Making a Good Lawyer: Beyond the Mundane Metrics

What makes a good lawyer? While we've all spent many years in law school and beyond pondering the question, there are a few accepted metrics. Billable hours, pedigree, and experience at big-name firms often come to mind. And for many attorney positions, technical skills are table stakes.

But as a hiring manager and former general counsel, I have interviewed, hired, and managed many professionals. And I can decisively confirm that technical skills, once established, are almost never a reason to make a final hiring decision. Instead, I find that I and many of my colleagues focus on numerous soft skills. After all, we aren't lawyers in a vacuum, and no amount of technical skills can help an attorney who lacks these innate professional qualities.

Creativity and innovation

In the age of quick technological and social changes, creativity and innovation are paramount skills for all professionals, including lawyers. I often ask candidates for examples of times they've done something that has not been done before, and how they went about it.

Sometimes, I ask, "What is the most creative idea or project you have completed in your current role, and how was it received?" I also ask candidates to tell me about the times when they have had to develop creative solutions to problems. For example, "Tell me about a business or legal problem that you had to solve in a unique or innovative way. What was the outcome?"


Empathy is often described as being able to "put yourself in another person's shoes." Ultimately, it is about understanding the other person's perspective and reality. It requires one to think beyond herself and her concerns. When I interview a candidate, I always assess whether she can put aside her own viewpoint.

Is she able to see things from another person's point of view? Does she regularly examine her own views? Does she listen to others? Does she validate the perspectives of others? Does she ask others about their point of view or what they would do? Does she listen carefully? Does she pay attention physically and mentally? Does she respond to the central question or message? All these questions can be answered both by directly asking the candidate for examples or by simply observing her.


Self-management is a combination of key skills and characteristics that include: self-confidence, stress management, time management, organizational skills, and many others. To assess these skills, I ask candidates to tell me about various situations they have had in the past. As they speak, I notice each candidate's ability to stay positive, enjoy the small things, prioritize competing objectives, identify and work through challenging situations, live fully, and have perspective. Candidates who seem positive and put together instead of anxious and frazzled show potential to be great professionals.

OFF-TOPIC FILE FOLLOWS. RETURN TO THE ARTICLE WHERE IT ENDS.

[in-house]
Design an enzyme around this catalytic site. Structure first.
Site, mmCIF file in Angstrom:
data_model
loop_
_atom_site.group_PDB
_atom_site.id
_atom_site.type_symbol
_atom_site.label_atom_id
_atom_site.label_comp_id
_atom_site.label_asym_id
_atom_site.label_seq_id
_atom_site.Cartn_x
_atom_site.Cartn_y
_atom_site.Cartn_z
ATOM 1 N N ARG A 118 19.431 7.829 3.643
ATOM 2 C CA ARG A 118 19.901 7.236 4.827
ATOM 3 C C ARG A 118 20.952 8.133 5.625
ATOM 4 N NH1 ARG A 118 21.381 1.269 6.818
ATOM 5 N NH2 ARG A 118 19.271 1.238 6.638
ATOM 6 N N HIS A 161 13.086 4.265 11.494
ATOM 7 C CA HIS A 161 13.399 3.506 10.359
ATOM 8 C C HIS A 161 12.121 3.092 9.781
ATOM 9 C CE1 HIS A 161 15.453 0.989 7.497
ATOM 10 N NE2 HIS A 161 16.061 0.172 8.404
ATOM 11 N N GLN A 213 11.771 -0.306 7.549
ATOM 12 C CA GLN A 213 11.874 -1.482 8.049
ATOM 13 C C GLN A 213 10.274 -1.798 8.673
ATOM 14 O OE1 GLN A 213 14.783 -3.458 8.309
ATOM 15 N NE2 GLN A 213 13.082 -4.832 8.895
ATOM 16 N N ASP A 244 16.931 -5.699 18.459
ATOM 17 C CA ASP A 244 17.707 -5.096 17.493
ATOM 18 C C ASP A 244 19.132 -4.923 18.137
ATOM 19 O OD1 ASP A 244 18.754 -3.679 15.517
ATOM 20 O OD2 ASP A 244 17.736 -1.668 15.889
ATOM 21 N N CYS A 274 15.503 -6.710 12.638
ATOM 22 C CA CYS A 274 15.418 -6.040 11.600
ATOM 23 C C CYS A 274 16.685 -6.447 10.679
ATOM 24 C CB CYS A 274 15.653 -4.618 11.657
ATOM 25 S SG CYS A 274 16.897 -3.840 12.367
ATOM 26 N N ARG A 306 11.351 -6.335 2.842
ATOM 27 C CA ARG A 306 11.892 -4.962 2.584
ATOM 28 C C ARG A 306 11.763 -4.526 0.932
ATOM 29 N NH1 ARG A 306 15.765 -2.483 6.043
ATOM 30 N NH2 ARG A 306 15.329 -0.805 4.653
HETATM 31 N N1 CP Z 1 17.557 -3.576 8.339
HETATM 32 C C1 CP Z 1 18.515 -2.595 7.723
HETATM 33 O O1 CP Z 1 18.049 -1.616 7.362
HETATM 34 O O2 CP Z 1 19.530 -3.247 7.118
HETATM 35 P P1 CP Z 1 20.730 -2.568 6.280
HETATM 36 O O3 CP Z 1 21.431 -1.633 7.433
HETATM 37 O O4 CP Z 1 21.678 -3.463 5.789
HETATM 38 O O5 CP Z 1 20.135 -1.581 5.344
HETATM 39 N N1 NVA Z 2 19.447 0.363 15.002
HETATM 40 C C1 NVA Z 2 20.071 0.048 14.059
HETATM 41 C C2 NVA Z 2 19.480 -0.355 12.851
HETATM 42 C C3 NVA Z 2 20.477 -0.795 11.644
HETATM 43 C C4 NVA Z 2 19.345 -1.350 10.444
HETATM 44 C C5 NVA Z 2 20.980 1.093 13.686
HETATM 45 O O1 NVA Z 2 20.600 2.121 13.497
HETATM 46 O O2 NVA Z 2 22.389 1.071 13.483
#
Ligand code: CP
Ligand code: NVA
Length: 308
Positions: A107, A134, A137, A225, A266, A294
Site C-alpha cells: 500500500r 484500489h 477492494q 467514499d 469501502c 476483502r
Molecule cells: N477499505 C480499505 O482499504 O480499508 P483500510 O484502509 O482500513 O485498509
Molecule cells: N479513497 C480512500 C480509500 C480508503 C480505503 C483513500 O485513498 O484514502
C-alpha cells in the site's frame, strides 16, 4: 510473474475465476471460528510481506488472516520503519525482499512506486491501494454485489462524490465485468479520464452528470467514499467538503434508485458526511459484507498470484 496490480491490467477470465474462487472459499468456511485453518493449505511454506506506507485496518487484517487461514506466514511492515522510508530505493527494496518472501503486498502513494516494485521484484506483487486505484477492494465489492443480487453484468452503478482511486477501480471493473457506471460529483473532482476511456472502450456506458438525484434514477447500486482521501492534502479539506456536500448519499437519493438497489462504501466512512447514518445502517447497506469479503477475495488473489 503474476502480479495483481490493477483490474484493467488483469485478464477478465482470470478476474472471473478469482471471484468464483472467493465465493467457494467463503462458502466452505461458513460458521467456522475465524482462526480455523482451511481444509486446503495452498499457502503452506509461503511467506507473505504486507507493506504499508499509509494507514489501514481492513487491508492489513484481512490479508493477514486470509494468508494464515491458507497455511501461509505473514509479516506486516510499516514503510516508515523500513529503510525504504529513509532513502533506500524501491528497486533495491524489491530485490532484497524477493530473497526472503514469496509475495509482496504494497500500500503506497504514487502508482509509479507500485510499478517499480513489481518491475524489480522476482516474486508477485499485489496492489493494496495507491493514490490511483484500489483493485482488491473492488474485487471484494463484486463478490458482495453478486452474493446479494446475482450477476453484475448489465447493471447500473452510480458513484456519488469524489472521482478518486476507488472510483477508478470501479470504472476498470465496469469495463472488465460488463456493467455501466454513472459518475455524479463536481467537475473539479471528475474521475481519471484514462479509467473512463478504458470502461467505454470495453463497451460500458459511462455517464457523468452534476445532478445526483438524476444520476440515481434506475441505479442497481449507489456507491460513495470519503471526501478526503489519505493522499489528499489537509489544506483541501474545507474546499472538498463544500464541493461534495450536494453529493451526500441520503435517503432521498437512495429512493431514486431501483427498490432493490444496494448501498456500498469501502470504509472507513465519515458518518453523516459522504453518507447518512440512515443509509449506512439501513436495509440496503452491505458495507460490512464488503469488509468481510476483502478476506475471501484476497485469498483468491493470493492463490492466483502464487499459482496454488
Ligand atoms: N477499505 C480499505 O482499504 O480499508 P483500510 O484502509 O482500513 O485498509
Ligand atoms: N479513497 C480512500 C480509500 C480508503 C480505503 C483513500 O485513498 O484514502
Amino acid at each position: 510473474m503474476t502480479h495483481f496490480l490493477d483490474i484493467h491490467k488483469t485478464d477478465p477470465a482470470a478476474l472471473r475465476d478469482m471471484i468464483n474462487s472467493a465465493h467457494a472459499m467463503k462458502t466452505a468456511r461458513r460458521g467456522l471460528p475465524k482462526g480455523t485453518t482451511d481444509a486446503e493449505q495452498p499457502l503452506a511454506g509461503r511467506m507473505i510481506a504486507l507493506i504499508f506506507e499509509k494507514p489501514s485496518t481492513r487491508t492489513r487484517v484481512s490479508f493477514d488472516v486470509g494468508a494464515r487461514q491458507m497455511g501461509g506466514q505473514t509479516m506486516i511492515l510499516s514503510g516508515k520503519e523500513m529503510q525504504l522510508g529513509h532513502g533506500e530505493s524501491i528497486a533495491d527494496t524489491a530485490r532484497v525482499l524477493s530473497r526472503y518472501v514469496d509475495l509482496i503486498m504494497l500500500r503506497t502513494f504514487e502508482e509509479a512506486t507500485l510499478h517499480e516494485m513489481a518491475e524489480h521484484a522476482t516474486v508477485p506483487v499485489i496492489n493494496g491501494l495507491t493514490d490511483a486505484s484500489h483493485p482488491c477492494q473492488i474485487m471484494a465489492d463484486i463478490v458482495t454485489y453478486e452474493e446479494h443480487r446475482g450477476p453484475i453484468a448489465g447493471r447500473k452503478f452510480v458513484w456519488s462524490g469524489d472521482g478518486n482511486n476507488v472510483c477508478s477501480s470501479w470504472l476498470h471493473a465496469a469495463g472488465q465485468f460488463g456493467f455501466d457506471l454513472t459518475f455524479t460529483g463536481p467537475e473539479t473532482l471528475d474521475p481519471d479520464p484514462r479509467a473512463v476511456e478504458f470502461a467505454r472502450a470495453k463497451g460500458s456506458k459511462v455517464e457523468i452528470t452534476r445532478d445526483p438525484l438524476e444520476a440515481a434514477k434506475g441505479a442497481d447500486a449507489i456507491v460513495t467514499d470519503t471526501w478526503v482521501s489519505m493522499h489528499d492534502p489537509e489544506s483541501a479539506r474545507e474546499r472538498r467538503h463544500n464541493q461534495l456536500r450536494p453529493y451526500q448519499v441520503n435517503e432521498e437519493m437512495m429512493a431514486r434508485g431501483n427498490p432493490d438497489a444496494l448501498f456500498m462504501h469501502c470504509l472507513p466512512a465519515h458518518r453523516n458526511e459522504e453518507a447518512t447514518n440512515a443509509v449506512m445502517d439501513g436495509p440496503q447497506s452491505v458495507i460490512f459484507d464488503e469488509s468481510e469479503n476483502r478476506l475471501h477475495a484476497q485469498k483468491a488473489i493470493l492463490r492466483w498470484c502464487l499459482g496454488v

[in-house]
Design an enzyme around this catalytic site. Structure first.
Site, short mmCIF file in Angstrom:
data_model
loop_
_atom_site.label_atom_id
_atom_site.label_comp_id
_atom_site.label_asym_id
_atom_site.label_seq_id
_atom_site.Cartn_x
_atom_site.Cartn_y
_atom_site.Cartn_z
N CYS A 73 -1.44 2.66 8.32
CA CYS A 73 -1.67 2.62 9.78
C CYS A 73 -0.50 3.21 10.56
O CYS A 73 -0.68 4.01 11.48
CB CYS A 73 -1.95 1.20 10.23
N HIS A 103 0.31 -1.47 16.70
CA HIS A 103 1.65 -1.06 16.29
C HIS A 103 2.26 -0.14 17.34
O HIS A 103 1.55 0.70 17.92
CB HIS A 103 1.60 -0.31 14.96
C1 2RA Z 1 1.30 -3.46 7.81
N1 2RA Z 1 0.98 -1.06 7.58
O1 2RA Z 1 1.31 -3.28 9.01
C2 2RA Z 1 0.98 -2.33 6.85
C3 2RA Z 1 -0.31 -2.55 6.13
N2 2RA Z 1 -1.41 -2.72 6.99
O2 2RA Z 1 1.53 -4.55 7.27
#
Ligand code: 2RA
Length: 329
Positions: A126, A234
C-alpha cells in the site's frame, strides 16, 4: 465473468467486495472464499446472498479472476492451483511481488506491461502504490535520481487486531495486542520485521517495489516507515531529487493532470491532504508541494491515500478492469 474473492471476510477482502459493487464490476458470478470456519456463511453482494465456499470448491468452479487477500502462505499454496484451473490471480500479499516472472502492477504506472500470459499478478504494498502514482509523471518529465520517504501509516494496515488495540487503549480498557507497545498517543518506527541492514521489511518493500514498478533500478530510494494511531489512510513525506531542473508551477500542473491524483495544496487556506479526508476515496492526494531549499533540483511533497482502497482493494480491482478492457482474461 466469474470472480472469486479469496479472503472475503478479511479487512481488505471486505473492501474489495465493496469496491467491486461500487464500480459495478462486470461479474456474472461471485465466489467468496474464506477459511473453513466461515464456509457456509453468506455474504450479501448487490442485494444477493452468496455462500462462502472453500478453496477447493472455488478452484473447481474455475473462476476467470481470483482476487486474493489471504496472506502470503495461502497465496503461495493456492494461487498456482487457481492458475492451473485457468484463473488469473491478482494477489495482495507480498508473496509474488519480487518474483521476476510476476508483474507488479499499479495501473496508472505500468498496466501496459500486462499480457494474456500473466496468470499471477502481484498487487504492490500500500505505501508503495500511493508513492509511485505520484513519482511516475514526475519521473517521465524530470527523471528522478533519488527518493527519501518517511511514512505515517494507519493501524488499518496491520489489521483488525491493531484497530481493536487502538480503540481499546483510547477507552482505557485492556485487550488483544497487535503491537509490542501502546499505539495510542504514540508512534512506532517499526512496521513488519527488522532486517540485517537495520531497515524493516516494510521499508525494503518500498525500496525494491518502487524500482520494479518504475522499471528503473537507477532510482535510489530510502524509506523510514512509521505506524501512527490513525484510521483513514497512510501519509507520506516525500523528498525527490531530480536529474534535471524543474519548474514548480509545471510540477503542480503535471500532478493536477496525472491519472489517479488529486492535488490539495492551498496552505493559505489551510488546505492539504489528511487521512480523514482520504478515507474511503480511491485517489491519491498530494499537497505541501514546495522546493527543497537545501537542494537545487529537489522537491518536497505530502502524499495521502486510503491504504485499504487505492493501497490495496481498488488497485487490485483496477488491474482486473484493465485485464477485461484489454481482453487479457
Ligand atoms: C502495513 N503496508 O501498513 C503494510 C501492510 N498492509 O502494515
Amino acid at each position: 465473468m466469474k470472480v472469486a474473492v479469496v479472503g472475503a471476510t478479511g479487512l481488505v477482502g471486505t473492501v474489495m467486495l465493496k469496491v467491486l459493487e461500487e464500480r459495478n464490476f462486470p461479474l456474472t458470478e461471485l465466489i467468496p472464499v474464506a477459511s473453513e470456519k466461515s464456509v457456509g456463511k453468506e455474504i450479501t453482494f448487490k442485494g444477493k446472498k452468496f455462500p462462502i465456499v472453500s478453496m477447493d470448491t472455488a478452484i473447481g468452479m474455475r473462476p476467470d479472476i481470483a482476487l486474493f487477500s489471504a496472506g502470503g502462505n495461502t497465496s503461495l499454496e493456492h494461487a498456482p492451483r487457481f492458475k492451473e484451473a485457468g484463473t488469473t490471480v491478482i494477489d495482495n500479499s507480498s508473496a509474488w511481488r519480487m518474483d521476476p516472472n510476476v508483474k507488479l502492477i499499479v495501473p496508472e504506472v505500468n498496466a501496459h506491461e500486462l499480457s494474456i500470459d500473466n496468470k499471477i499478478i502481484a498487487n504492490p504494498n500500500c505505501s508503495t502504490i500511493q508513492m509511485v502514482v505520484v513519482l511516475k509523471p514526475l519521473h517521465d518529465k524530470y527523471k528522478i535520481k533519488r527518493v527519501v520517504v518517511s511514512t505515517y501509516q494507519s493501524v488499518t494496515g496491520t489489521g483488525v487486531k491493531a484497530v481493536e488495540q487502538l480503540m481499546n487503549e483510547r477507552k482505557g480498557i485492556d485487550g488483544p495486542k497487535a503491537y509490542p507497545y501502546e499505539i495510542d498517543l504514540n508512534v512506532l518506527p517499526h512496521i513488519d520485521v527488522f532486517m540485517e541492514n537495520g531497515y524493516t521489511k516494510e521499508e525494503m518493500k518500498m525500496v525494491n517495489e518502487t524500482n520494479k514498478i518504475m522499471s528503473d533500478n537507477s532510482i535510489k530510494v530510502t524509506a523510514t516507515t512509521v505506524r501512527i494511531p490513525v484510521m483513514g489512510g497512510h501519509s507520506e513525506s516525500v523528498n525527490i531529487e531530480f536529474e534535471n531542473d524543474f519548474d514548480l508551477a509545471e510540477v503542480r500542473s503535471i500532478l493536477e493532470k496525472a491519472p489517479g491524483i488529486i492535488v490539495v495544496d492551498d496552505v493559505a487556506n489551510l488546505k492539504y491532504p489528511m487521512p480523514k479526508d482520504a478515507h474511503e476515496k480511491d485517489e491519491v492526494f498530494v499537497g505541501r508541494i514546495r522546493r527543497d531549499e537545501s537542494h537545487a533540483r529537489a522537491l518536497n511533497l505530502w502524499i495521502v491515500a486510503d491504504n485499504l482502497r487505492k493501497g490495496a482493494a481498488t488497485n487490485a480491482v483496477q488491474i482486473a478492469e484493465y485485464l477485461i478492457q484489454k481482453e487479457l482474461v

I find that lawyers who can clearly and thoughtfully explain why they get up in the morning — my proxy for passion, commitment, and drive — are more likely to persevere, have better judgment, and build lasting professional relationships. I am always surprised how many people answer this question with: "My mortgage." Yes, this joke answer is a little funny, though maybe not after I have heard it what feels like thousands of times. This answer suggests to me that while the candidate may have a sense of humor, I have caught her off guard with my question.

If you have to scramble for a joke answer when someone asks why you get up in the morning, perhaps you don't know the answer yourself. It is important to take the time to assess your passion and motivation. The best answers I have heard explain candidate's very personal reasons for their professional choices, whether it's going to a specific law school, making a career pivot, or choosing a particular life experience. If handled well, these questions are an opportunity to get to know a candidate beyond the superficial interview formalities.


We are works in progress, and self-development is a lifelong commitment. I find that the ability to assess your own skills and qualities, consider your personal and professional goals, and set goals in order to show up as the best version of yourself is highly correlated to one's success, achievement, and perseverance. In interviews, I will often ask a candidate how she improves her skills and qualities. While I am not looking for a specific answer, I am listening for the ways she articulates, plans, holds herself accountable, perseveres, and, when appropriate, revises her vision for developing herself. I find that the candidates who take personal responsibility for their self-development are able to grow with an organization and accommodate its changing needs.

While this is by no means an exhaustive list of what makes a good lawyer, these skills and characteristics are a good place to start when evaluating your own strength as a candidate for a legal position — or any professional position. It can be easy to rest on the laurels of typical career success indicators like the prestigious schools, firms, and organizations on our résumés. However, by focusing on innate characteristics, professionals can improve themselves not only as job candidates, but as people too.